« Reply #6 on: July 09, 2006, 03:51:19 PM »
Side 1
Pin1 and 2 - 8,7 ohm = primary =Pin 1 = hot?
pin1 and 3 - 1.2 ohm = Pin 2 = common?
pin2 and 3 - 9.5 ohm = primary = Pin 3 =  hot?

side 2
pin1 and 2 - 0.9 ohm = secondary =Pin 1 = hot?
pin1 and 3 - 1.5 ohm = secondary = Pin 2 = common?
pin2 and 3 - 1 ohm    = secondary = Pin 3 = hot?

My guess would be side 1 being primary, with side 2 being CT secondary. When testing this, you really need to be careful

When taking apart the Pioneer amp it would have been useful to have noted where the mains voltage entered the transformer.

Is the side with the dot side 1?

I'd buy a transformer myself.

RDV
« Last Edit: July 10, 2006, 02:13:17 PM by RDV »

teemuk

  • SSGuitar Global Mod
  • Legendary
  • ****
  • Posts: 1074
  • Chip Points: 282
    • View Profile
Re: How to measure a transformer?
« Reply #7 on: July 10, 2006, 01:56:56 PM »
Pin1 and 3 = Secondary ??! Secondary with such a small resistance to primary side - sounds very unreal. More likely the additional pin in the (assumed) primary is a tap for another voltage. i.e. 220 or 240 V. Makes more sense if you think: pins 3-2 = whole winding (9,5 ohms) = smaller turns ratio, pins 1-2 = little less winding (8,7 ohms) = higher turns ratio. After all 9.5 ohms is pretty close to 8.7 + 1.2 ohms.

Edit: So whatever you do, do not connect only pins 1 and 3 as primary (1,2 ohms): This would probably result into a very high voltage at secondary.

Those resistances seem pretty odd since they should be related to each other. Perhaps you did something that interfered with the probes. I know that sometimes measuring taps like that is pretty difficult. If the secondary is center tapped (I guess it is) resistance between pin 1 and 3 should be pin 1 and 2 + pin 2 and 3. Assuming that pin 2 is the CT. The resistances are pretty similar though.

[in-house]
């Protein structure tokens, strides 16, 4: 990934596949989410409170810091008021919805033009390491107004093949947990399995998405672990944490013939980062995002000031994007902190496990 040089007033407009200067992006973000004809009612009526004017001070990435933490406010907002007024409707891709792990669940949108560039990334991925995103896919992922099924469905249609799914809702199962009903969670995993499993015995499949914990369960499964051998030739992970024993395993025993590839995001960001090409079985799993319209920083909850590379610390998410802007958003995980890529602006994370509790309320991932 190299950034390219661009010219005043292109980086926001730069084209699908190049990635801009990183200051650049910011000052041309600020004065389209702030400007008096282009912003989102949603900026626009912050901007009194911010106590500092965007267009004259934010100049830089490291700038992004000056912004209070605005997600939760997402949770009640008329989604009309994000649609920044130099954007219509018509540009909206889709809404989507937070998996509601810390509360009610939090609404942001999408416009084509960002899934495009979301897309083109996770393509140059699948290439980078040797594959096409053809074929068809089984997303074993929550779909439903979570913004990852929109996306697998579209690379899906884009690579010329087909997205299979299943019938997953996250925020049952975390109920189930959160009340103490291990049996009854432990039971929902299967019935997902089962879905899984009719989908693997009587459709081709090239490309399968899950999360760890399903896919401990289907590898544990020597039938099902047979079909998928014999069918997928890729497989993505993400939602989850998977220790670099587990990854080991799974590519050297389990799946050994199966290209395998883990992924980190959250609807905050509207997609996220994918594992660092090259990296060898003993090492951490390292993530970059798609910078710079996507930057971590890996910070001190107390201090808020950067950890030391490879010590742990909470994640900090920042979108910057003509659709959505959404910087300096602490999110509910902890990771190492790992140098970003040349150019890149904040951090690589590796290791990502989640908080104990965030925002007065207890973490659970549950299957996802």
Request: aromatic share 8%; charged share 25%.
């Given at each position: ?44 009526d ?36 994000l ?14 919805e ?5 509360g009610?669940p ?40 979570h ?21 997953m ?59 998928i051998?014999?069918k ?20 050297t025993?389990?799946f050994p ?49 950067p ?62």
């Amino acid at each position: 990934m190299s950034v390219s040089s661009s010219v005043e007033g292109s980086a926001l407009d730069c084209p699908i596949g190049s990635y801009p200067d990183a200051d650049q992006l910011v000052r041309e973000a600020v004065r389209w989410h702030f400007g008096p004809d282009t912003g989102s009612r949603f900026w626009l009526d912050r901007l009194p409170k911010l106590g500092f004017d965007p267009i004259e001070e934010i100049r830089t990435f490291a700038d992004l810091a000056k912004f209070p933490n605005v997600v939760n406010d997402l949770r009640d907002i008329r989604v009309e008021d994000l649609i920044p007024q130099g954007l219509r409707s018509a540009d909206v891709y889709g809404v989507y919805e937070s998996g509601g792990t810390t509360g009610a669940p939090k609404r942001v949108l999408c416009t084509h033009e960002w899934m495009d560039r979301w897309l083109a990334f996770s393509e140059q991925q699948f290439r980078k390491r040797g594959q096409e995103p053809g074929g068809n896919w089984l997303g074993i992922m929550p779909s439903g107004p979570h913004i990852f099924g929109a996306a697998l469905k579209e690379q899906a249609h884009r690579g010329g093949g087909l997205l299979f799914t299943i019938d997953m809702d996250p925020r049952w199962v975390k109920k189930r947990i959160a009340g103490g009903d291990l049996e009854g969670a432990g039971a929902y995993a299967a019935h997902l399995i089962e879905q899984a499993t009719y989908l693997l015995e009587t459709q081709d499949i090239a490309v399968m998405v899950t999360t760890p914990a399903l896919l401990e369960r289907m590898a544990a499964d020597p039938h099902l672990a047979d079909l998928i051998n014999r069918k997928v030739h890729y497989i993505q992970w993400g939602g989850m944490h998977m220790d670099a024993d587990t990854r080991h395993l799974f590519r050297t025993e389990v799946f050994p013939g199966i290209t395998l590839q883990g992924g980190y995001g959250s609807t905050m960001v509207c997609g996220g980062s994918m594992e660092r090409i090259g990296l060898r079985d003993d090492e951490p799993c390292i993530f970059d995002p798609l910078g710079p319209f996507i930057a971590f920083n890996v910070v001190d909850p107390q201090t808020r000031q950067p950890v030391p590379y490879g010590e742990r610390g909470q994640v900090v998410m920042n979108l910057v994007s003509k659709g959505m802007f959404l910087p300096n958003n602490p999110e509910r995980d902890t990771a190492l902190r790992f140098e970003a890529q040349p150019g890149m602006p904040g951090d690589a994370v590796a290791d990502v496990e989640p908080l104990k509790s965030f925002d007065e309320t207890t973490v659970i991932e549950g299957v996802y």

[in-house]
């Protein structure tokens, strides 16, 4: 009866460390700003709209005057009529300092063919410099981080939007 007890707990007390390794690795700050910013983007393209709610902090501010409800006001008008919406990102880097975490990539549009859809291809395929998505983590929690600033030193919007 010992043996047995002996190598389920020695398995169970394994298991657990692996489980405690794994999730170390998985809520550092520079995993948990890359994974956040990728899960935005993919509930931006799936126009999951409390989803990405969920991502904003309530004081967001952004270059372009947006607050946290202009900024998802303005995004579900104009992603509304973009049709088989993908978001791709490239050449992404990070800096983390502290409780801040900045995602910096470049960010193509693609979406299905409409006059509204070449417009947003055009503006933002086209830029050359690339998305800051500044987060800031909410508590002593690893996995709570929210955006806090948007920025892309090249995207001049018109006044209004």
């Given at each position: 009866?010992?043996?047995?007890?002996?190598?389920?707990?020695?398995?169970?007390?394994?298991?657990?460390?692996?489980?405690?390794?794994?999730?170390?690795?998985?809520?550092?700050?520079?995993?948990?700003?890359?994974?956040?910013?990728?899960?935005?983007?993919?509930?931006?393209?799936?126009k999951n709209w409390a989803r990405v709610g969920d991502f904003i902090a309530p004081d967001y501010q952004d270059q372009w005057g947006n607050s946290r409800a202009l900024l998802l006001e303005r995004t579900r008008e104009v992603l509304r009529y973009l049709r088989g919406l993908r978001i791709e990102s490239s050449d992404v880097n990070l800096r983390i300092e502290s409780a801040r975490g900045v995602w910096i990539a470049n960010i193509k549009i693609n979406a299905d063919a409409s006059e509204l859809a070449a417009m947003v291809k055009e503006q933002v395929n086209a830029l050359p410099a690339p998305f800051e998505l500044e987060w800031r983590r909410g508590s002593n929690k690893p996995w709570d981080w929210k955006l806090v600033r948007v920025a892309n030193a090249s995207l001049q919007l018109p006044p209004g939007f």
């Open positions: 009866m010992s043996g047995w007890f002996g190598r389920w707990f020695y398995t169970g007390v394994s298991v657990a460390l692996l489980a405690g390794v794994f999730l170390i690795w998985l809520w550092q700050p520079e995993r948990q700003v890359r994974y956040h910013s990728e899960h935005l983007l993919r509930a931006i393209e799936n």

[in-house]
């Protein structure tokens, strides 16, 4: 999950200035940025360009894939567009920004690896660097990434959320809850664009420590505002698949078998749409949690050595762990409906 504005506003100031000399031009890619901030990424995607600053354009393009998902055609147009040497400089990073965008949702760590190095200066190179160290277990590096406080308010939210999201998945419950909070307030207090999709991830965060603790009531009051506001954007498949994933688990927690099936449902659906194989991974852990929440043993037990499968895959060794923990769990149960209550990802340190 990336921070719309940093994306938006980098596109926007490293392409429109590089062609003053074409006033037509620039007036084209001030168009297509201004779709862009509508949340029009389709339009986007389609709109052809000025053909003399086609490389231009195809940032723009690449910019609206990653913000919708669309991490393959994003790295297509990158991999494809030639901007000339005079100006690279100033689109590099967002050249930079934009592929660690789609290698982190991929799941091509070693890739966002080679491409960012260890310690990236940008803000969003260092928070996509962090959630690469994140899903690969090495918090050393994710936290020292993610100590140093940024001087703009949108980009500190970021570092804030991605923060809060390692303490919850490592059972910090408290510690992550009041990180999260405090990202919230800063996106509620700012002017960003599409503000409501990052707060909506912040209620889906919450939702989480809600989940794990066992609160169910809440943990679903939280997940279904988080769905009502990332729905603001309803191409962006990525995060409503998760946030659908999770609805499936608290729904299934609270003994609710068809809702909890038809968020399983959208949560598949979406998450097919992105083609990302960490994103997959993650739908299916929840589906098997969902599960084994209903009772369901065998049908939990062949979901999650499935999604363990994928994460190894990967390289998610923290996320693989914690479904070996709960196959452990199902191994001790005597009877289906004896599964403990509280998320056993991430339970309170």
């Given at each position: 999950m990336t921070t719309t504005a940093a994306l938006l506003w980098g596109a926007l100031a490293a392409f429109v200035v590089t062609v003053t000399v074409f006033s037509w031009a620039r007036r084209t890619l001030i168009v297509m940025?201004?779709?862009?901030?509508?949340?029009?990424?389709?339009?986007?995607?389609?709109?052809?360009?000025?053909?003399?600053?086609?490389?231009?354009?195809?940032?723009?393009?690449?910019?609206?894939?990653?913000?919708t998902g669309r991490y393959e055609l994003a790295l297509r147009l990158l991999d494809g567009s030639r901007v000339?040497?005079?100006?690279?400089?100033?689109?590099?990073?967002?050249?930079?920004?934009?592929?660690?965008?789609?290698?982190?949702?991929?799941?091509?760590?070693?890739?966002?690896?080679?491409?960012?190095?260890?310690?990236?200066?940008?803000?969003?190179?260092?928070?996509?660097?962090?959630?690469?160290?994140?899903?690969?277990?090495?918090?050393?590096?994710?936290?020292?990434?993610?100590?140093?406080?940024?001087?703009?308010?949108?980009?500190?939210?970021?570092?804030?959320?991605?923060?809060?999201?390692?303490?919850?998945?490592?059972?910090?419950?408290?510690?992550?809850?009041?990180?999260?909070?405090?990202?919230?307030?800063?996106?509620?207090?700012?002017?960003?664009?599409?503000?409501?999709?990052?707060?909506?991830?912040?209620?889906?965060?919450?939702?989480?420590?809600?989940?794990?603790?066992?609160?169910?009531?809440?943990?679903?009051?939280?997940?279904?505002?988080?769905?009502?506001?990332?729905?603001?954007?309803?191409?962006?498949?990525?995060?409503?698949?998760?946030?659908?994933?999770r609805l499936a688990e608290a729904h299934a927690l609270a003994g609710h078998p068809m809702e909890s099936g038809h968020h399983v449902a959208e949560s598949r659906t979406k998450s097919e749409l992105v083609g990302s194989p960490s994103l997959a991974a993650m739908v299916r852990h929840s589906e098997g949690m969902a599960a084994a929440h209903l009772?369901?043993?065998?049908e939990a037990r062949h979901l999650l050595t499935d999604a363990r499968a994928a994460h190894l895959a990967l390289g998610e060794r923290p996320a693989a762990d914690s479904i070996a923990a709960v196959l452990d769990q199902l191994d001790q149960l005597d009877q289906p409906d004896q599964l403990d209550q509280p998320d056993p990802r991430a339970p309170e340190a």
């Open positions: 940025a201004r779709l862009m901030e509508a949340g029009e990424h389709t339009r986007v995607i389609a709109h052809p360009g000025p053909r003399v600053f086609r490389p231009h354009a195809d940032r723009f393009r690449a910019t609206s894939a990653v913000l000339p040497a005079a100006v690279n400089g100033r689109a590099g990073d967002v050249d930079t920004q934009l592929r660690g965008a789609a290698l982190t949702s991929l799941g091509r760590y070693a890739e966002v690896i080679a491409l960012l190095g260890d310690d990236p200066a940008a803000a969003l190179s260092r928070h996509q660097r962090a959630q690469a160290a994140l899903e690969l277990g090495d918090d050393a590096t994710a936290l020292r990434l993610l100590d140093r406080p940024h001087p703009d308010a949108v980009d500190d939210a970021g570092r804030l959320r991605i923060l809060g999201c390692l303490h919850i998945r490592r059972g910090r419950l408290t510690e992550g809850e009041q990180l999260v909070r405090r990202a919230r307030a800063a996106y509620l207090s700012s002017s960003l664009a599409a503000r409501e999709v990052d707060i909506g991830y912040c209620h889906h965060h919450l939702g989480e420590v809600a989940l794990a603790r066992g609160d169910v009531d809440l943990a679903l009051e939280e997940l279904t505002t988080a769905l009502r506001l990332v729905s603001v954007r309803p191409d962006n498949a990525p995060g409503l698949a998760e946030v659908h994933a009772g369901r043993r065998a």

« Last Edit: July 10, 2006, 02:06:10 PM by teemuk »

RDV

  • RIP - 2/5/10
  • Elite
  • ****
  • Posts: 291
  • Chip Points: 419
    • View Profile
    • Fatboy Effects
Re: How to measure a transformer?
« Reply #8 on: July 10, 2006, 02:14:33 PM »
I'd buy a transformer myself.

RDV

syndromet

  • Elite
  • ****
  • Posts: 197
  • Chip Points: 38
    • View Profile
Re: How to measure a transformer?
« Reply #9 on: July 10, 2006, 05:45:24 PM »
Guess I'll buy a transformer! It seems Pioneer uses this transformer for a AC out,  to supply other stereo components with power.
Now I just have to find the right transformer at the right price. I don't really understand why everything has to be so expensive here in Norway. 50$ +shipping for a regular 24V 200vAC torodial. Guess it is worth it anyhow.

Thanx for the help, guys!

joecool85

  • SSGuitar Admin
  • Legendary
  • ******
  • Posts: 3310
  • Chip Points: 991
  • SSG Creator
    • View Profile
    • thatraymond.com
Re: How to measure a transformer?
« Reply #10 on: July 10, 2006, 07:24:49 PM »
Tranformers are always AC out.
Life is what you make it.
Still rockin' the Dean Markley K-20X
thatraymond.com